The Memphis Brooks Museum of Art is privileged to have one of the best and largest collections of works by Carroll Cloar (1913-1993). In honor of this esteemed artist and to commemorate the museum’s hundredth anniversary, the Brooks created a gallery dedicated to his art.
The immense success of the 2013 exhibition Crossroads of Memory: Carroll Cloar and the American South showed that the artist remains one of the South’s most beloved and popular painters. Now, for the first time, museum visitors can count on seeing their favorite Cloars, such as Where the Southern Cross the Yellow Dog and My Father was Big as a Tree, as well as selections from the many rare lithographs and drawings in the Brooks collection.
Born in the Arkansas Delta, Cloar evolved into the region’s most famous painter. As a youth he attended at the Art Students League in New York, and soon after received prestigious McDowell and Guggenheim fellowships, allowing him to journey throughout Central and South America. The artist often noted that literature, particularly by Southern Gothic writers such as William Faulkner or Eudora Welty, greatly influenced his artistic approach.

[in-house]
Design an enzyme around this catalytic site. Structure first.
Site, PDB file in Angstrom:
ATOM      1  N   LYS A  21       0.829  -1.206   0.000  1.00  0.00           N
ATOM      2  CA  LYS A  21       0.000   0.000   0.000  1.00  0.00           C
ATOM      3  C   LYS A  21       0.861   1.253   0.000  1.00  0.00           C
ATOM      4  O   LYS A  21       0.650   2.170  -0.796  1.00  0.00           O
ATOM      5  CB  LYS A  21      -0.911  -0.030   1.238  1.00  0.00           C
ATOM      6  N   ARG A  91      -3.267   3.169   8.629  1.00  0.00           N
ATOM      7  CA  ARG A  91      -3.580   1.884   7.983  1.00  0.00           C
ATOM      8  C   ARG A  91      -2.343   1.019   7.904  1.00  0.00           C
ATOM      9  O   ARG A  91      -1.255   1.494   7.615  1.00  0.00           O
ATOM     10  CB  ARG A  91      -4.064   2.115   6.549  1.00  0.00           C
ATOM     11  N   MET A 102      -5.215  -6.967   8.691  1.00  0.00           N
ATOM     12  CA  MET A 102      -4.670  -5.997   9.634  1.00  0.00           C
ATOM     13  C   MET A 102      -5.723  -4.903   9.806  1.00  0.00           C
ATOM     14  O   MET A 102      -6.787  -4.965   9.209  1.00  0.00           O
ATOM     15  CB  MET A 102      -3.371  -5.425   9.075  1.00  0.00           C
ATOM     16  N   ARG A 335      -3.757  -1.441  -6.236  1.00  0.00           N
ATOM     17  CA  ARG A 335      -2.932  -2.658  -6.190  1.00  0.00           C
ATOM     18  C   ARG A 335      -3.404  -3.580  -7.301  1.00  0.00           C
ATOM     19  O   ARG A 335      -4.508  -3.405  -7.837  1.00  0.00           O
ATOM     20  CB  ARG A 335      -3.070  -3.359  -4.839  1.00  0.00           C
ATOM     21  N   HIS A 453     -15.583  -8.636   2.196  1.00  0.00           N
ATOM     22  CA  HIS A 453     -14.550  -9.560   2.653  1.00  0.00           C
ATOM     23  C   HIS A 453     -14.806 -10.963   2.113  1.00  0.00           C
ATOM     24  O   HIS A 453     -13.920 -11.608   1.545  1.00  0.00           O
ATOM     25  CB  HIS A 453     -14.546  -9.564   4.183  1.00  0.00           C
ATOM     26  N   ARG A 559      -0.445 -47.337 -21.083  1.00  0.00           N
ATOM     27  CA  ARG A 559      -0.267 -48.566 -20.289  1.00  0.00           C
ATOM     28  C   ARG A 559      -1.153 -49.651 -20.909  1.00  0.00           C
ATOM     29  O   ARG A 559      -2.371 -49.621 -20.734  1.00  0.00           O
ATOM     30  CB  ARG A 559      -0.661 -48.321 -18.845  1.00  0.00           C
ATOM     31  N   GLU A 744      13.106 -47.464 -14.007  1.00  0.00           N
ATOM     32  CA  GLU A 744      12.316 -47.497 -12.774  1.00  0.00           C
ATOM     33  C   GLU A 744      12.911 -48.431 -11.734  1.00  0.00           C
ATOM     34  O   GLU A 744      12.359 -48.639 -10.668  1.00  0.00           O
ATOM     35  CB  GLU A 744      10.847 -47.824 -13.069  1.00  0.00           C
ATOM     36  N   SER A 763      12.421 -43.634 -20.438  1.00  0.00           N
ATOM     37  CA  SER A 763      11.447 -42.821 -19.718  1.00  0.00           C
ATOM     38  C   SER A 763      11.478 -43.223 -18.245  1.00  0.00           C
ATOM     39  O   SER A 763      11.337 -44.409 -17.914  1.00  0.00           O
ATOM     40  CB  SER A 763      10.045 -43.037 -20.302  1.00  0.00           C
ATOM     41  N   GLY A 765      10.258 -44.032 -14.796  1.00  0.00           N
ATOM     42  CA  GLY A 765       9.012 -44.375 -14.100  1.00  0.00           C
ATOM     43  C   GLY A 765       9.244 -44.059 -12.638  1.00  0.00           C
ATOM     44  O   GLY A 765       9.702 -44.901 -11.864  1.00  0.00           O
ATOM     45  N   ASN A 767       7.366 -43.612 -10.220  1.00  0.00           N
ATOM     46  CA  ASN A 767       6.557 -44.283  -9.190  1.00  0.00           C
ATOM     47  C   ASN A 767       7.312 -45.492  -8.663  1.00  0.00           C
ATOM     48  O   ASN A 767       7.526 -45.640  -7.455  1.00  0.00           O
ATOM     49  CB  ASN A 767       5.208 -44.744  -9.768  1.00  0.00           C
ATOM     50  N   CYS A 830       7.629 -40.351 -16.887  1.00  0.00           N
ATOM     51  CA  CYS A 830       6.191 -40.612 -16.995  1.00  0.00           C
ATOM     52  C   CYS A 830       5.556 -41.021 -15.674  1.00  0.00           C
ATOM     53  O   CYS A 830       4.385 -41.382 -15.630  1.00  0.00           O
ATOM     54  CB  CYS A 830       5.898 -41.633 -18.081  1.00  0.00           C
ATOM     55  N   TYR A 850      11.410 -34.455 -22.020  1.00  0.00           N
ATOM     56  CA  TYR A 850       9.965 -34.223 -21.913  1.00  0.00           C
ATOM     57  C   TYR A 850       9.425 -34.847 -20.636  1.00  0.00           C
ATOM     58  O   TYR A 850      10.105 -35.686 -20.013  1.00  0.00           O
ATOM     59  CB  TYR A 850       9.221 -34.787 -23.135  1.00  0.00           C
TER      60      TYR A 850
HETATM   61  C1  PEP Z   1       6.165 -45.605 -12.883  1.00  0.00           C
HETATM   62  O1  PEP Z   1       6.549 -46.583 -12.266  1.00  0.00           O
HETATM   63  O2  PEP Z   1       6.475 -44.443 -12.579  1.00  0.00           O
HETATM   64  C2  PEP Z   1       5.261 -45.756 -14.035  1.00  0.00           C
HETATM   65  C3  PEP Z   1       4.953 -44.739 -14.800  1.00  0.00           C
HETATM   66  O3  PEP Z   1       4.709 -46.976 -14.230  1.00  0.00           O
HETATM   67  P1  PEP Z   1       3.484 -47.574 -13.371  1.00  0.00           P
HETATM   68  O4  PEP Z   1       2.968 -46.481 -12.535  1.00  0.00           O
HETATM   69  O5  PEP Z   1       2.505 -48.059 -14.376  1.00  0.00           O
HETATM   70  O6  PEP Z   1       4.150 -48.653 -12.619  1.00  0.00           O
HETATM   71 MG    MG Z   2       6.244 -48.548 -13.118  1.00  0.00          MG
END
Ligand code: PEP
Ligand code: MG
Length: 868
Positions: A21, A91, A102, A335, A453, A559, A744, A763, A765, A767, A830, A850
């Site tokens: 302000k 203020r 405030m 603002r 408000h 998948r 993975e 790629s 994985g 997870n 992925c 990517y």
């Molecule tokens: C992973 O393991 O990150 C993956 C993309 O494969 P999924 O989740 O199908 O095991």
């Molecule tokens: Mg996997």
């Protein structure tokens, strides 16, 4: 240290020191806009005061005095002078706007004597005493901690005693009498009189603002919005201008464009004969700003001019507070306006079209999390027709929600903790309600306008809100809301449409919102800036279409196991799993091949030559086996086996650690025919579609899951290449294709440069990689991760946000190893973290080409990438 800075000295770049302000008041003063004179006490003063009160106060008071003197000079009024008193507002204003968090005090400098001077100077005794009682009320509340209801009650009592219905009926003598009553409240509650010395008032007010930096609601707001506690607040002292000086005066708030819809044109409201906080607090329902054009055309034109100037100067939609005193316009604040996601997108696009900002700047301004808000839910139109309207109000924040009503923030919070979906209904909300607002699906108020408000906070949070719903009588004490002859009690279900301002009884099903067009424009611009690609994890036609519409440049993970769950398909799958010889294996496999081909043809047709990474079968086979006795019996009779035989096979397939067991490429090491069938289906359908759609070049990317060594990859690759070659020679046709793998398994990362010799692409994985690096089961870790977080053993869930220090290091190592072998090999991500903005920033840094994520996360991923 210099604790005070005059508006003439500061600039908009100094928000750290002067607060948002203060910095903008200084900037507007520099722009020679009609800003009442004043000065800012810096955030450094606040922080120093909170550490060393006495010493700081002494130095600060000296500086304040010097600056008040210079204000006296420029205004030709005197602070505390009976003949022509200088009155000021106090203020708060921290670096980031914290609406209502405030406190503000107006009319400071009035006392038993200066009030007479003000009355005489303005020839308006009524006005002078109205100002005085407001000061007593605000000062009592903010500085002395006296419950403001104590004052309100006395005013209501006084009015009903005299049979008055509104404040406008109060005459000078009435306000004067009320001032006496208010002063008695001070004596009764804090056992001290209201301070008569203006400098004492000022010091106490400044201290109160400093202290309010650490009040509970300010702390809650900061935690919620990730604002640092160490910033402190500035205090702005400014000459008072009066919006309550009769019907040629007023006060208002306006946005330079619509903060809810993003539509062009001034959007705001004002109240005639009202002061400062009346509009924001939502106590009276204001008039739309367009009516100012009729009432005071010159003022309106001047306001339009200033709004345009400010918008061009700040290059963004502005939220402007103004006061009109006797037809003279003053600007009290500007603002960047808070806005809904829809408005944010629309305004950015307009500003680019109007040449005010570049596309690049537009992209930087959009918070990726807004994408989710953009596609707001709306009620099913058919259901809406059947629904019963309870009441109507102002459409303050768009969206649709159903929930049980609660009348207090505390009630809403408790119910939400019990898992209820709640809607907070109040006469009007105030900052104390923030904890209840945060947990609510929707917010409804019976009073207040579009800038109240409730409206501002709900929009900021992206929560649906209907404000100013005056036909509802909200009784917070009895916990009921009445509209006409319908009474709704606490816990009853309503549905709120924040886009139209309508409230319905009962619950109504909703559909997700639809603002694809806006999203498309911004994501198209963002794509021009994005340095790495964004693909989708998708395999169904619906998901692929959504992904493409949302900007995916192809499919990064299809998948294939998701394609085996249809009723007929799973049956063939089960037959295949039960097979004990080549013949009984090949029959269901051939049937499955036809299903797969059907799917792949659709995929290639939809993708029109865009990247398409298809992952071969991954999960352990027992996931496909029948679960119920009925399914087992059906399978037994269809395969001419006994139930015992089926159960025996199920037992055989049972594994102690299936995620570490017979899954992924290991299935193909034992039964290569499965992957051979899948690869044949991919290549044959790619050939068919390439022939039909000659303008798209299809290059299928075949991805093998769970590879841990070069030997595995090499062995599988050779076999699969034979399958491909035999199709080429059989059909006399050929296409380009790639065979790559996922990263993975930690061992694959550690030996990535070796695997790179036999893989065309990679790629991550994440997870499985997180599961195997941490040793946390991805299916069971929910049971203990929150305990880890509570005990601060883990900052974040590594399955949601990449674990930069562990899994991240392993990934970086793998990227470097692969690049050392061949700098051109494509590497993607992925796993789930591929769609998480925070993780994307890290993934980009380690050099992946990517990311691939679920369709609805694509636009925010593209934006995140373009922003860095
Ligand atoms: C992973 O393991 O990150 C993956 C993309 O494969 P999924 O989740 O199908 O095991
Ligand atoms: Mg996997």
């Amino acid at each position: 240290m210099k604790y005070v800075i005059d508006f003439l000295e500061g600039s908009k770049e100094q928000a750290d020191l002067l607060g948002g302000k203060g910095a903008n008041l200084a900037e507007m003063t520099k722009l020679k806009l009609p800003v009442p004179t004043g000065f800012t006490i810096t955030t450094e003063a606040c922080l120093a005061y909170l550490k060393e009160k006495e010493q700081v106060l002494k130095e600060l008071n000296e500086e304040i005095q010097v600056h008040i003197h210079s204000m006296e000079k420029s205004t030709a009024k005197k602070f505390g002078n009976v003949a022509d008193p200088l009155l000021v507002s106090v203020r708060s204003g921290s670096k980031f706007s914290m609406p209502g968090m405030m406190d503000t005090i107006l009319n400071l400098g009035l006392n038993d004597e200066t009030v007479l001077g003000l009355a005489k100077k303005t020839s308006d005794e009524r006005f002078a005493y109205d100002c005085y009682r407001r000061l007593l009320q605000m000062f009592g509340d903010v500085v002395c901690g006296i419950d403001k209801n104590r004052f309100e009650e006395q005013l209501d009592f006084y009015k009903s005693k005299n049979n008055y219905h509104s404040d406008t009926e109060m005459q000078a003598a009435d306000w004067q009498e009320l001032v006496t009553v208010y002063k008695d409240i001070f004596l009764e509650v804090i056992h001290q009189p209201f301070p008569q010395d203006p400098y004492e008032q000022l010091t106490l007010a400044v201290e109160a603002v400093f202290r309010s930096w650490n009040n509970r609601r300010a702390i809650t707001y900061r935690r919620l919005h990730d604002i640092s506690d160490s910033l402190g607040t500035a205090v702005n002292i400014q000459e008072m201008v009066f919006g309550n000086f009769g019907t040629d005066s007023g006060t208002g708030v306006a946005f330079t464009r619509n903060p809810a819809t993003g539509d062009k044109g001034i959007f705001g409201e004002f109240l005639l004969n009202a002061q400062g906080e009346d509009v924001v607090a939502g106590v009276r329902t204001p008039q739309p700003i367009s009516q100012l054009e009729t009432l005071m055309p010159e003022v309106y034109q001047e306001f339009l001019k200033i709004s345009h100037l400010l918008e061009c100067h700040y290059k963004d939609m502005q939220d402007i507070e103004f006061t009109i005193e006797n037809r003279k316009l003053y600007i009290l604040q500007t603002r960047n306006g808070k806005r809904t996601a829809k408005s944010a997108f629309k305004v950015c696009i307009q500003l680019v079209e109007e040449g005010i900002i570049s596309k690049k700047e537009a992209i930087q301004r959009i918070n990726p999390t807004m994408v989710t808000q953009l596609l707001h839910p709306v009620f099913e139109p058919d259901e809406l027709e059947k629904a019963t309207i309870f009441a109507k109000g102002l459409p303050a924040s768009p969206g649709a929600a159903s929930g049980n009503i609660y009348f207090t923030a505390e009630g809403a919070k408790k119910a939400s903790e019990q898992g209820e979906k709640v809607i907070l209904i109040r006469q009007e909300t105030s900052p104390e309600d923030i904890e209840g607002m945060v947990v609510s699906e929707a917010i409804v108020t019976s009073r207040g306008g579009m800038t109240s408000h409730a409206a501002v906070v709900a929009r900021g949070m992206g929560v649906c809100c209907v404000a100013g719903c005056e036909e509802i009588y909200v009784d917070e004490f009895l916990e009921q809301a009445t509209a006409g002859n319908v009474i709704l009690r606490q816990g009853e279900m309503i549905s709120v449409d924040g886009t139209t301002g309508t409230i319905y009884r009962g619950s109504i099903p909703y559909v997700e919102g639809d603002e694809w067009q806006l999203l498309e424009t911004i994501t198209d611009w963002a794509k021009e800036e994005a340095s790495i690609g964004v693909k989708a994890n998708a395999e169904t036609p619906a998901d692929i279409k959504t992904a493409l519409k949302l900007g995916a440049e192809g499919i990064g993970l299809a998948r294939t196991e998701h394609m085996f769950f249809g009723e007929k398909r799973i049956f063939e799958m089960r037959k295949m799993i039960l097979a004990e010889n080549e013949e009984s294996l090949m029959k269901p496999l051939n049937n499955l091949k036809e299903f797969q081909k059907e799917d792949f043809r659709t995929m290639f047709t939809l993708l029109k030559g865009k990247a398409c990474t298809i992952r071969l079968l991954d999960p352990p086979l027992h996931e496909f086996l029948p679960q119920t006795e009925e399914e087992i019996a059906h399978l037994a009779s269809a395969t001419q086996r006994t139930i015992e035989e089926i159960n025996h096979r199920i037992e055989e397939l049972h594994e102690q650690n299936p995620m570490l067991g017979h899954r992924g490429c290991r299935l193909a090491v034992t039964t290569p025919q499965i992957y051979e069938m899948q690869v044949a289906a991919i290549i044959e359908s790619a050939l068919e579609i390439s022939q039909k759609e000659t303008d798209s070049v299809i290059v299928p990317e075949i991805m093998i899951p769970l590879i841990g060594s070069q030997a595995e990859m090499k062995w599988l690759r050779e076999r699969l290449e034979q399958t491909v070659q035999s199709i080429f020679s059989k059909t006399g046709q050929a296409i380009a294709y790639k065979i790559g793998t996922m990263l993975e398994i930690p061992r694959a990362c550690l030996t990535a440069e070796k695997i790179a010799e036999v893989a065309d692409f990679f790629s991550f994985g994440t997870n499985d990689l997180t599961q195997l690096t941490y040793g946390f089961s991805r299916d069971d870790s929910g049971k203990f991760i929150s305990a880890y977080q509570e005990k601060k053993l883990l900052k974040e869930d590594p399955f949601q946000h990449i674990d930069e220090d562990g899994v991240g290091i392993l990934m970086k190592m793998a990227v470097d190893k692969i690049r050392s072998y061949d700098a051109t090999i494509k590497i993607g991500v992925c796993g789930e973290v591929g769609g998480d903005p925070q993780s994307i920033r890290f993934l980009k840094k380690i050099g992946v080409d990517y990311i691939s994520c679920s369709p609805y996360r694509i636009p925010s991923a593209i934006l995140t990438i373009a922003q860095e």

This installation of Cloar’s art has been paired with examples of rare furniture from Tennessee and Kentucky. These pieces—like Cloar’s paintings and drawings hanging with them—reflect the unique culture and artistic styles which evolved in the Southern United States.
The museum has established a new giving level called The Cloar Circle ($1,000). This is a group of donors at the $1,000 level who wish to celebrate the region’s most famous painter – Carroll Cloar.